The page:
Multiple Employer Plans (MEP)

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Multiple Employer Plans (MEP)

The definition of a Multiple Employer Plan (MEP) is “an employer sponsored retirement plan maintained by two or more employers”. These employers are ‘unrelated’ as defined by the IRS and DOL, the governing agencies that oversee qualified retirement plans. Each MEP is organized and operated by an entity known as the ‘MEP sponsor’. Additional companies that join the MEP are known as “adopting employers.” The MEP sponsor is responsible for ongoing administrative duties and has fiduciary liability for the plan in most cases. MEPs were created to encourage more small businesses to offer their employees a retirement savings plan. It was thought that companies which don't have the resources or staff to handle a retirement plan independently would be able to pool together and share the burden.

There are different types of MEPS. Each is described below.

How do you know if a MEP is good for your company? PPC has experts that design all types of retirement plan structures. Please allow our experts the opportunity to help you know what works best for your retirement plan goals.

Closed MEP

A Closed MEP is made up of at least two unrelated employers each having employees and a sponsor that is a designated group, association or organization with adopting employers sharing a ‘nexus’ or interest other than the retirement plan. Only adopting employers of a certain group can participate in the plan and adopting employers must also be able to make decisions regarding their retirement plan.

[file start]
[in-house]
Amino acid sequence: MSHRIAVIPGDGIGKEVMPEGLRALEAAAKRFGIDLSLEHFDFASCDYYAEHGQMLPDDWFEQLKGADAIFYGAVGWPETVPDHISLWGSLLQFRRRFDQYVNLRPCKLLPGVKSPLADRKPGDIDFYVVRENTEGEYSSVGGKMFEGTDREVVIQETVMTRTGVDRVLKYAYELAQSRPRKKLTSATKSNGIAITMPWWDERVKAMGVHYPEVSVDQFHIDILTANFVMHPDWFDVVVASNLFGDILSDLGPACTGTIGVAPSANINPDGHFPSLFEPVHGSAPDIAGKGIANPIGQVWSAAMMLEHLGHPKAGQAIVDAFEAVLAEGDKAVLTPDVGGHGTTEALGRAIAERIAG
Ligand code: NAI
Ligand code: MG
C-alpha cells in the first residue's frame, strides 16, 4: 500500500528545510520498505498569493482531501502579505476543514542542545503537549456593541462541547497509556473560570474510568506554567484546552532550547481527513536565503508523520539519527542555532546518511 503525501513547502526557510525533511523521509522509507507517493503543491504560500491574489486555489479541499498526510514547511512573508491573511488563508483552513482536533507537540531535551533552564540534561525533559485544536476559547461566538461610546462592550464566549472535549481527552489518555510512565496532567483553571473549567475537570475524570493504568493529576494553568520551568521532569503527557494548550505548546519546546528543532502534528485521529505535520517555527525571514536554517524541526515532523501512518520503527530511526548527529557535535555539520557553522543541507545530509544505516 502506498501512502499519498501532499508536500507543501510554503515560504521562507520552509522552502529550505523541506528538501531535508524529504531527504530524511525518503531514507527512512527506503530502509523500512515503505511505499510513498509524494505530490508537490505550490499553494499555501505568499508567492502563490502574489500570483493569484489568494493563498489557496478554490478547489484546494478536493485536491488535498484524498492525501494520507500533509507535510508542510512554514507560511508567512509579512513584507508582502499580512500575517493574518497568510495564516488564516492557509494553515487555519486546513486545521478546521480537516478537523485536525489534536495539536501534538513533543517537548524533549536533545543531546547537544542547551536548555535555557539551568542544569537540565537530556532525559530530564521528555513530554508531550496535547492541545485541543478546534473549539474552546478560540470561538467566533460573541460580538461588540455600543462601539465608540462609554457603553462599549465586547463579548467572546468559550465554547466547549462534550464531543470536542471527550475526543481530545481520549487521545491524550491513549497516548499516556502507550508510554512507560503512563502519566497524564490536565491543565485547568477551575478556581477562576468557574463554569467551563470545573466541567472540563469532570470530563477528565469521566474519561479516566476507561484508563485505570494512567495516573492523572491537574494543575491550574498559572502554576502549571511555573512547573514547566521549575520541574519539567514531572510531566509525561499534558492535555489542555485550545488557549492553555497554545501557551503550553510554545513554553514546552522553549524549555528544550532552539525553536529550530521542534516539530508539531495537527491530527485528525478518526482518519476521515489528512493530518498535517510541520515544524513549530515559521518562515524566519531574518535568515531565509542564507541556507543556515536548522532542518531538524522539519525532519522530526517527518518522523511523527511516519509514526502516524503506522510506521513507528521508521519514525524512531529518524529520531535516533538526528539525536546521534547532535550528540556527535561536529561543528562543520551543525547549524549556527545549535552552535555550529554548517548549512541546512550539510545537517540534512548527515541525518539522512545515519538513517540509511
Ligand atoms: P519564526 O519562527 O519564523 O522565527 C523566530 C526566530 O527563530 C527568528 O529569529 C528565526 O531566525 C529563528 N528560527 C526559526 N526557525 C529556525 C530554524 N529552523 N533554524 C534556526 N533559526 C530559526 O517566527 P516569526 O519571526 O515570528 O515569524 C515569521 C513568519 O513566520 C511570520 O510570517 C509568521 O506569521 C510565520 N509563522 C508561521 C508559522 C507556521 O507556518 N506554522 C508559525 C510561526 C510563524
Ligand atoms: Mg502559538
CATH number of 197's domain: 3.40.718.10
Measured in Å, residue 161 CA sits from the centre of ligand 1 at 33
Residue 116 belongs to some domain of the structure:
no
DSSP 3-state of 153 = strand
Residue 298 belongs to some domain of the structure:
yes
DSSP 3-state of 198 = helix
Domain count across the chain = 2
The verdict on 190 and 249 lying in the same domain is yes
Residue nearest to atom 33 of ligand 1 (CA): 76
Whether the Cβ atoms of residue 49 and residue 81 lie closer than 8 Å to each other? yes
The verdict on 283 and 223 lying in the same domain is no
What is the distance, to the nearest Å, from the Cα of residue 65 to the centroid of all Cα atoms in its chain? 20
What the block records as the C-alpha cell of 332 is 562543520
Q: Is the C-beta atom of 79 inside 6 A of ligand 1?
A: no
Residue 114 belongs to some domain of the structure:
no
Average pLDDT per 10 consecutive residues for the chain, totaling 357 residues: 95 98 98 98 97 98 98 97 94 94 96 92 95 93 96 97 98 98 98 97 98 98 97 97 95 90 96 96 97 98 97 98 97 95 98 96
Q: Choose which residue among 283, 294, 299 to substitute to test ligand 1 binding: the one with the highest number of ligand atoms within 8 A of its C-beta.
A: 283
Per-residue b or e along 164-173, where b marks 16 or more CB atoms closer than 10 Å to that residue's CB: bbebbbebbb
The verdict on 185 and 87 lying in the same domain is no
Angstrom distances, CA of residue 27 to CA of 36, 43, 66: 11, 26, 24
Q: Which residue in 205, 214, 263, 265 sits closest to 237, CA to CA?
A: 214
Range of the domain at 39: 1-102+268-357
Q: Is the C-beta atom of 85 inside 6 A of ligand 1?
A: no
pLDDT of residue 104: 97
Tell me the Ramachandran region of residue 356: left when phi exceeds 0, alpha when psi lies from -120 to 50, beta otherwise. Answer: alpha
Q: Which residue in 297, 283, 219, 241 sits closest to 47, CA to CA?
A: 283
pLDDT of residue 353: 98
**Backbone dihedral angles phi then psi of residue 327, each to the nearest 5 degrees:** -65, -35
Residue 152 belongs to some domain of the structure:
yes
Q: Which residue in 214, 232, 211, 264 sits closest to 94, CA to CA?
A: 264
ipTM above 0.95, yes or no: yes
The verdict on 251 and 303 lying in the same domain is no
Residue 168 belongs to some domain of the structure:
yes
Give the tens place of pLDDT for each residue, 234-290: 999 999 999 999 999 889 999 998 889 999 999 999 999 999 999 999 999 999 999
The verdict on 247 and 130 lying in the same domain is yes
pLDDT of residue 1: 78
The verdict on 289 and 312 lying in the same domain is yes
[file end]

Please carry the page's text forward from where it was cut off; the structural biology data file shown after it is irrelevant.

Open MEP

The Open MEP concept allows unrelated adopting employers to have no connection with each other, except for their participation in the same retirement plan. The Open MEP plan initially required each adopting employer to have and report on its own individual plan. But with the passage of the SECURE Act, beginning in 2020, a single retirement plan can be established for all adopting employers of an Open MEP.

Associational MEPs

Associational MEPs are a relaxed form of a closed MEP. An associational retirement plan (often referred to as an ARP) allows unrelated employers, as well as self-employed working owners, in different industries but with physical presence in the same geographical area, region or state to join the same single-plan MEP. The rule also allows companies in the same industry even if they don’t share a geographical connection to join the same MEP.